History of POP Tennis

The Reverend Frank Peer Beal developed POP Tennis (formerly paddle tennis) in 1898 as an activity for children.  He viewed the game as a stepping stone for children to learn to play tennis.  His original paddle tennis court was 18′ x 39′, exactly one half the size of a regulation tennis court.  Beal’s version used a sponge-rubber ball and a wooden paddle (instead of a strung racquet).  The smaller court and short-handled paddle appealed to  kids from the very beginning.  Reverend Beal was transferred to New York City in 1921, and the following year the first paddle tennis tournament was held.  Adults had picked up the game at this point.  In the late 1920’s and early 1930’s the game of paddle tennis grew in popularity and spread to other cities, notably Los Angeles and its suburbs.

By the late 1930’s, many adult paddle tennis players felt a larger court would result in a better game, but Rev. Beal wanted the court size to remain the same.  During this time, Murray Geller, Chairman of the USPTA Rules Committee for the next 40+ years, began voicing his preference for a larger court, especially for adults.  So, an official “adult” court size was set at 20′ x 44′ (the same size as a badminton, pickle-ball and platform tennis court).  Rev. Beal, founding president of the USPTA and its predecessor for over 40 years himself, insisted on keeping the smaller court for children.

By the late 1950’s the game’s popularity was soaring, especially on the West coast.  Well known tennis players, Althea Gibson and Bobby Riggs, were playing paddle tennis.  Rev. Beal suffered a stroke in 1959 and Geller began exerting more control over the game.  Geller was convinced that the court was still too shallow for the powerful players playing the game.

So, in 1961 the court was lengthened by three feet on each end to make 20′ x 50′ the standard dimensions of a paddle tennis court.  Other changes were implemented.  The sponge-rubber ball was replaced with a deadened tennis ball (one that has been punctured with a needle or safety pin).  The net went from being 33″ at the posts and 30″ inches in the center to 31″ pulled taut across the entire length of the court.  The overhand serve was also eliminated and only one underhand serve was allowed  These changes were accepted by both the East and West Coast associations and are still in effect.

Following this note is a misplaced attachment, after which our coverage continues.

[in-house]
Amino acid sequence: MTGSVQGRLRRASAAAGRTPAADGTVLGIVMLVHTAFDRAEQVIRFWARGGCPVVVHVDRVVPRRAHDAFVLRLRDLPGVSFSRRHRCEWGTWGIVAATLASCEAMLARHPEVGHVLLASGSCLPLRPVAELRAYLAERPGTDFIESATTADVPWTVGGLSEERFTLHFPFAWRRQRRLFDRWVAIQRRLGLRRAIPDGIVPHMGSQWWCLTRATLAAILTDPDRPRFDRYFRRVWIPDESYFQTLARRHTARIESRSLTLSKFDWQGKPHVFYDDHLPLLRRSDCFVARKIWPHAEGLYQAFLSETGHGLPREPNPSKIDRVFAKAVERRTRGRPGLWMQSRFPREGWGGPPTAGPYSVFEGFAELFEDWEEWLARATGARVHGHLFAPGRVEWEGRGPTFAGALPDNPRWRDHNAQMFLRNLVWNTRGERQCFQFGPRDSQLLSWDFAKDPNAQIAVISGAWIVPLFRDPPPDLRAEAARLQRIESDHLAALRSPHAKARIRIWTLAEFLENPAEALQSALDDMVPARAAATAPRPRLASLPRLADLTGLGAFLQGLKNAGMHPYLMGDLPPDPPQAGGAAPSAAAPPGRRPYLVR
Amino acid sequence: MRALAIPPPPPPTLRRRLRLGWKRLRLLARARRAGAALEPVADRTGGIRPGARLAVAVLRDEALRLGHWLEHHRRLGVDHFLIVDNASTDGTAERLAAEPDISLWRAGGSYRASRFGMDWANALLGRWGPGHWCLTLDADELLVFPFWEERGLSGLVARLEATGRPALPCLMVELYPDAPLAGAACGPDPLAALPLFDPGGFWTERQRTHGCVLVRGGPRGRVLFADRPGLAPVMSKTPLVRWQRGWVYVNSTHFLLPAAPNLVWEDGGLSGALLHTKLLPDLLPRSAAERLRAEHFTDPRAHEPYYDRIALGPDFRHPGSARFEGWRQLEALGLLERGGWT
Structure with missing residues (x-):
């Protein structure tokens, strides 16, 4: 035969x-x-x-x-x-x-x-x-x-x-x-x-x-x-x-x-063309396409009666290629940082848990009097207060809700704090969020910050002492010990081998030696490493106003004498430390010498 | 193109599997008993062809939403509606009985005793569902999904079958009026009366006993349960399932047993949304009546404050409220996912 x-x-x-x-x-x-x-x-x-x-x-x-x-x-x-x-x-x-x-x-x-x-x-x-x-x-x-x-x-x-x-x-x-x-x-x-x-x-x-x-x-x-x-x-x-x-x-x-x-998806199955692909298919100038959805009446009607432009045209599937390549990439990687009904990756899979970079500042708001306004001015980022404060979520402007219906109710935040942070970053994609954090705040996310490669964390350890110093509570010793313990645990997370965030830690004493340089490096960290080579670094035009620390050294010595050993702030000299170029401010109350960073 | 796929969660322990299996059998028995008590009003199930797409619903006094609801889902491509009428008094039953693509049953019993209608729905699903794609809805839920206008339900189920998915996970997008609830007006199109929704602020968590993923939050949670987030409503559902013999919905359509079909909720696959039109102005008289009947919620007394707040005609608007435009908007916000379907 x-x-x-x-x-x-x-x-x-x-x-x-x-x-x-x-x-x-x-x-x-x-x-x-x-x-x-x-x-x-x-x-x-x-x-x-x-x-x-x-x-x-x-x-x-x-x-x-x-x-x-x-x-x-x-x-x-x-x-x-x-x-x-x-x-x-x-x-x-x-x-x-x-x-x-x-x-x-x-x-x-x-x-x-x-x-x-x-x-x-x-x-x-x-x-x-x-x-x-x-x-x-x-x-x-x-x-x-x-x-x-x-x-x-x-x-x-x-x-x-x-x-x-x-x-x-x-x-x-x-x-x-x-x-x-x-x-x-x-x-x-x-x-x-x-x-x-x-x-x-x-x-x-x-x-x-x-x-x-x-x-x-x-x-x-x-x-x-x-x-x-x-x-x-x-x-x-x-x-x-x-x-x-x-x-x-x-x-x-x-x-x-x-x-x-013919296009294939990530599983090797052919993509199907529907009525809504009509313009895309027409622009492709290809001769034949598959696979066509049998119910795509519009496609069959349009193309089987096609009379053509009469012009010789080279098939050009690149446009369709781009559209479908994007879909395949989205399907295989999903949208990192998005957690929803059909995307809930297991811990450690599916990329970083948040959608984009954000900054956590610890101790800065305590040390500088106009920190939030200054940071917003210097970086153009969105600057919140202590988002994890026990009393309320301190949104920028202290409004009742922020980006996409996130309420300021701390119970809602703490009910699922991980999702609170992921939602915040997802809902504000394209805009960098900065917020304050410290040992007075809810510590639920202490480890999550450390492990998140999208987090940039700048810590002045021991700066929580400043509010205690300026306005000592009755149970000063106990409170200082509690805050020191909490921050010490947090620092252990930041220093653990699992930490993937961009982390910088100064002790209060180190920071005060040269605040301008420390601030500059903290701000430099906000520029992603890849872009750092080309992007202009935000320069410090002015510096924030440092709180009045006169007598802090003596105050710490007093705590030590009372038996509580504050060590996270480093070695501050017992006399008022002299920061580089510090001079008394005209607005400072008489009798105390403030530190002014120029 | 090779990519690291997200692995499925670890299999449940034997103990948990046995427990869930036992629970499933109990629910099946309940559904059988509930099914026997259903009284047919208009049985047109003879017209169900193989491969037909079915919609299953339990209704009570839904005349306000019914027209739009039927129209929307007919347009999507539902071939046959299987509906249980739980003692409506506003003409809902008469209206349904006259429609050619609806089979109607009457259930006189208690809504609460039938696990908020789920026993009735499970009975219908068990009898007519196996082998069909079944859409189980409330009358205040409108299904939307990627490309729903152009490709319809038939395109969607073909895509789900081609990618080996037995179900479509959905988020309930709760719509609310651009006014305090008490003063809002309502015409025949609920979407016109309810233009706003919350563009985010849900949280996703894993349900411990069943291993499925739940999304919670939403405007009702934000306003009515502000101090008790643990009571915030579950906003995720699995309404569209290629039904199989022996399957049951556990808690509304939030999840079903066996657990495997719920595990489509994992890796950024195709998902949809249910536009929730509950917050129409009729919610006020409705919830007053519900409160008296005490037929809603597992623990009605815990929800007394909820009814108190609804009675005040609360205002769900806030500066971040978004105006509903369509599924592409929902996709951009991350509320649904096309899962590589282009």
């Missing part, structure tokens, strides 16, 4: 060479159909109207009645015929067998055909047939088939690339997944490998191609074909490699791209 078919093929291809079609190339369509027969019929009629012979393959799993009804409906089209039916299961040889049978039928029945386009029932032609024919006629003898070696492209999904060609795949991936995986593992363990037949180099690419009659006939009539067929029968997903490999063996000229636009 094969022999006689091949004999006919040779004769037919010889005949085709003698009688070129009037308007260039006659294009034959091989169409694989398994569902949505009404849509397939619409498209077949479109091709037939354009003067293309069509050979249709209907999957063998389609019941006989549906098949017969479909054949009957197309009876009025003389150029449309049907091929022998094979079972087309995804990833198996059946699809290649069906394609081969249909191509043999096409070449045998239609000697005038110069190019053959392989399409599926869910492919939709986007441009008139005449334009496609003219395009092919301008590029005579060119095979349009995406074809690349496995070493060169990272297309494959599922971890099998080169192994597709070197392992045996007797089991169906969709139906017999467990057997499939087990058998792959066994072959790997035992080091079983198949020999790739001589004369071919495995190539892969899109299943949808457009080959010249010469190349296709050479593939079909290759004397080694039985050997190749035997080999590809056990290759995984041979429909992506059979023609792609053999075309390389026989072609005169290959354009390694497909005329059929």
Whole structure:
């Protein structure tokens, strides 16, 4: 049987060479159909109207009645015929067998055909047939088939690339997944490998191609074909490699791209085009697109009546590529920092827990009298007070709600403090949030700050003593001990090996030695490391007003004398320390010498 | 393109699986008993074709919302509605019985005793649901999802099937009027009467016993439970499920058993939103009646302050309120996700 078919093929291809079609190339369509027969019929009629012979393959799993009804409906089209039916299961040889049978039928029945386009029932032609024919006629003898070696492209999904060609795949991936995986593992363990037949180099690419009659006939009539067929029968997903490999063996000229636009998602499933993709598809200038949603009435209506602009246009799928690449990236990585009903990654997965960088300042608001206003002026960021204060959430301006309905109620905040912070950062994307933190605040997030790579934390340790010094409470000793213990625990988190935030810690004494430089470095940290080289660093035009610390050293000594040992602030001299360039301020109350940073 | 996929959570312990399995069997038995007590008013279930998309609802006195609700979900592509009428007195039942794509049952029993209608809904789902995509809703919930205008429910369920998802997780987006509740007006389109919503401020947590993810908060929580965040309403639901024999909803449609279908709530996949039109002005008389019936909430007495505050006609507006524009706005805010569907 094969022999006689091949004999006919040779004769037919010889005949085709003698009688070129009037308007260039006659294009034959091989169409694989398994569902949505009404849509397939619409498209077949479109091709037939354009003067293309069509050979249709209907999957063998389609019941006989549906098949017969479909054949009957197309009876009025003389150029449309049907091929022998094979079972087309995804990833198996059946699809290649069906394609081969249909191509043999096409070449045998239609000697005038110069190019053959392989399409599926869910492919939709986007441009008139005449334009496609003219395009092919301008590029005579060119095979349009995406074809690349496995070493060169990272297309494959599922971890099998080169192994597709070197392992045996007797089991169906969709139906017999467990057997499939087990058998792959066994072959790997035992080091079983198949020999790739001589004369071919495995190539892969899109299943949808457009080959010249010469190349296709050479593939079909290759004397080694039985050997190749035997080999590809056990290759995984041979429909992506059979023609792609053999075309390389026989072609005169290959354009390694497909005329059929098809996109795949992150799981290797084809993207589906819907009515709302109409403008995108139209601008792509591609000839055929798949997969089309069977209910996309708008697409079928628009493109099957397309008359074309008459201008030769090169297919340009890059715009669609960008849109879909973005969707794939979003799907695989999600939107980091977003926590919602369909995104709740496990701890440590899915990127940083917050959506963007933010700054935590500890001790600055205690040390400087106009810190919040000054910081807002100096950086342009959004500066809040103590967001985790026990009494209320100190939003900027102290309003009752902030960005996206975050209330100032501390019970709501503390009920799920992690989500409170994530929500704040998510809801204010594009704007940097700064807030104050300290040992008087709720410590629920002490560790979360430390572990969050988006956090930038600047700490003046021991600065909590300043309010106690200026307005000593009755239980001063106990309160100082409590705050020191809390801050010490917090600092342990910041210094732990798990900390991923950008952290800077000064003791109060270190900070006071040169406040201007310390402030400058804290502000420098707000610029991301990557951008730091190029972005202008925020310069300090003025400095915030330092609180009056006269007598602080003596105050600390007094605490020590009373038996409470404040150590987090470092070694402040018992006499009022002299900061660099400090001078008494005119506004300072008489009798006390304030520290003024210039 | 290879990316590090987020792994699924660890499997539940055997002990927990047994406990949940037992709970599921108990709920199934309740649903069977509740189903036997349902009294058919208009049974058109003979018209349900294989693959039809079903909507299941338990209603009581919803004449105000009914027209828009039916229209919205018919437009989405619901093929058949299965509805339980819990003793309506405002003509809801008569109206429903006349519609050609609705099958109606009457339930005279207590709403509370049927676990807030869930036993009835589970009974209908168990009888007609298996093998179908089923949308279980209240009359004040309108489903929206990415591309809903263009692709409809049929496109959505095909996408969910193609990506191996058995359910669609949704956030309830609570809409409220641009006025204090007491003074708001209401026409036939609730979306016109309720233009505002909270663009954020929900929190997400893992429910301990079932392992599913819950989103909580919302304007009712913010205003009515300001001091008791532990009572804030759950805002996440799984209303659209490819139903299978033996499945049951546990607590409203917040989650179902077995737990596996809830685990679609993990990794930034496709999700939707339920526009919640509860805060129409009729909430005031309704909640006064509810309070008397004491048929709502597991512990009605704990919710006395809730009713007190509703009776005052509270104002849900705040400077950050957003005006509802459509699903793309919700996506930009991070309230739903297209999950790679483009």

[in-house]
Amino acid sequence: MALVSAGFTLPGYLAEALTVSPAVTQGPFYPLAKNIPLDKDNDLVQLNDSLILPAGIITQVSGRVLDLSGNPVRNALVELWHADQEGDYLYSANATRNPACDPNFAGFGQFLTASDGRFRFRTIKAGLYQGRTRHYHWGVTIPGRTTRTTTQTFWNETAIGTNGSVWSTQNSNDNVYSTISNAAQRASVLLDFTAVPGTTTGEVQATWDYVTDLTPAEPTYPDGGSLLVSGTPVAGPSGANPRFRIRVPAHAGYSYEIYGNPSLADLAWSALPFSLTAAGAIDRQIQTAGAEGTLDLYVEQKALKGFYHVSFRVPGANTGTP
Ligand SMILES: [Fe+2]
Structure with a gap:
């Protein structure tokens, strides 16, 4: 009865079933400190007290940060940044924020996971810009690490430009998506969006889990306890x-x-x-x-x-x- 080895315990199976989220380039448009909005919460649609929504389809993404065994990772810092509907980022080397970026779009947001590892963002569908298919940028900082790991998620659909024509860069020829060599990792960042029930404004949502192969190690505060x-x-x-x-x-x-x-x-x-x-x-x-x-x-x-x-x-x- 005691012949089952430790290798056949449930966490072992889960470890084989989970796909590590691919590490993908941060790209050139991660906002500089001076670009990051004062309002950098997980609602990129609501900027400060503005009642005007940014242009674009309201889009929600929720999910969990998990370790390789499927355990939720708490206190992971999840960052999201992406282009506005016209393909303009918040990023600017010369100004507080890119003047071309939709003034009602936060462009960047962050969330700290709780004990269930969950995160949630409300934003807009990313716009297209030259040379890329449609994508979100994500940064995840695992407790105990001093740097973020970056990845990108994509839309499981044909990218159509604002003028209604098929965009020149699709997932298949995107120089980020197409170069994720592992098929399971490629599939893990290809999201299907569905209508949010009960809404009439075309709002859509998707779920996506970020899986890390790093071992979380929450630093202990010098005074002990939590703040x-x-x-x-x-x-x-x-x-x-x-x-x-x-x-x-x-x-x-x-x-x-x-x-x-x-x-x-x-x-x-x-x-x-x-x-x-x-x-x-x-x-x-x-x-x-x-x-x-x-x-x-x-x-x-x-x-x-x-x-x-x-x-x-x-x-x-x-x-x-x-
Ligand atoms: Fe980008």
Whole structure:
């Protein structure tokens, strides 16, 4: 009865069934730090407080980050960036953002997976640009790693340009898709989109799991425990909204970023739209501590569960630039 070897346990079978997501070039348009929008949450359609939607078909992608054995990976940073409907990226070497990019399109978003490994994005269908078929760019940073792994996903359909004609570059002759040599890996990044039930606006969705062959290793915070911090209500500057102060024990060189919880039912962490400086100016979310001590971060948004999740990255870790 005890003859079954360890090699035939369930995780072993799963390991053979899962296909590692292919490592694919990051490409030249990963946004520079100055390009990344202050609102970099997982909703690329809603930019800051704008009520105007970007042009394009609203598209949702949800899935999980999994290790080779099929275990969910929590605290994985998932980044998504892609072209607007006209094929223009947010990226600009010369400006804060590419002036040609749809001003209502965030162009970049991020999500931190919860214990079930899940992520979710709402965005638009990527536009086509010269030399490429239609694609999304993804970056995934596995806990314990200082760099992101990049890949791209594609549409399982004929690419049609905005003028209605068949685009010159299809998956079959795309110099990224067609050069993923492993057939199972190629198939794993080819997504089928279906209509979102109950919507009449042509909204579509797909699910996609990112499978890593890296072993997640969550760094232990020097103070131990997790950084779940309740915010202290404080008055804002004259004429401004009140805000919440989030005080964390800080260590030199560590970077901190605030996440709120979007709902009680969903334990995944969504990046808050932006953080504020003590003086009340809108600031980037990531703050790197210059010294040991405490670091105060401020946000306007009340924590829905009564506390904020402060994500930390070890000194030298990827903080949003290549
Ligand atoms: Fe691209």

There were and still are differences between the East Coast and West Coast versions of paddle tennis.  The West Coast version uses a restraining, or bucket, line 12′ from the net on each side (see court diagram).  When using the restraining line during doubles play, neither team may cross their restraining line until the receiver’s paddle has struck the ball.  In singles, the server must allow the receiver’s return to bounce in his court before the ball can be hit.  In other words, no serve and volley in singles paddle tennis.  Advocates believe using the bucket line allows for more rallies, and hence, more fun.

POP Tennis has remained more popular on the West Coast for a variety of reasons, weather probably being one.  But all of the confusion over court sizes and the inability of the different associations to standardize rules and regulations have hampered the growth of a game that should have spread nationally years ago.

In 2015, Ken Lindner took over as President of the USPTA.  Ken’s tireless efforts promoting the sport resulted in many positives including the name change to POP Tennis, national media exposure and, most important, the USPTA developed relationships with the Tennis Industry Association and the United States Tennis Association.  These relationships should help propel the growth of POP Tennis.

In late 2016, the Board of the USPTA voted to rename the association the International POP Tennis Association.  Also during this meeting, the IPTA unanimously elected its first ever Regional Directors:  Mark Kempler, Florida; Mitch Kutner, NY and Mark Guion, NC.  These moves represent the first steps in the IPTA’s commitment to growing POP Tennis not only across the USA, but the globe.


The above history was taken from information provided by the current IPTA, based in California, and the paddle tennis chapter of The Other Racquet Sports by Dick Squires.

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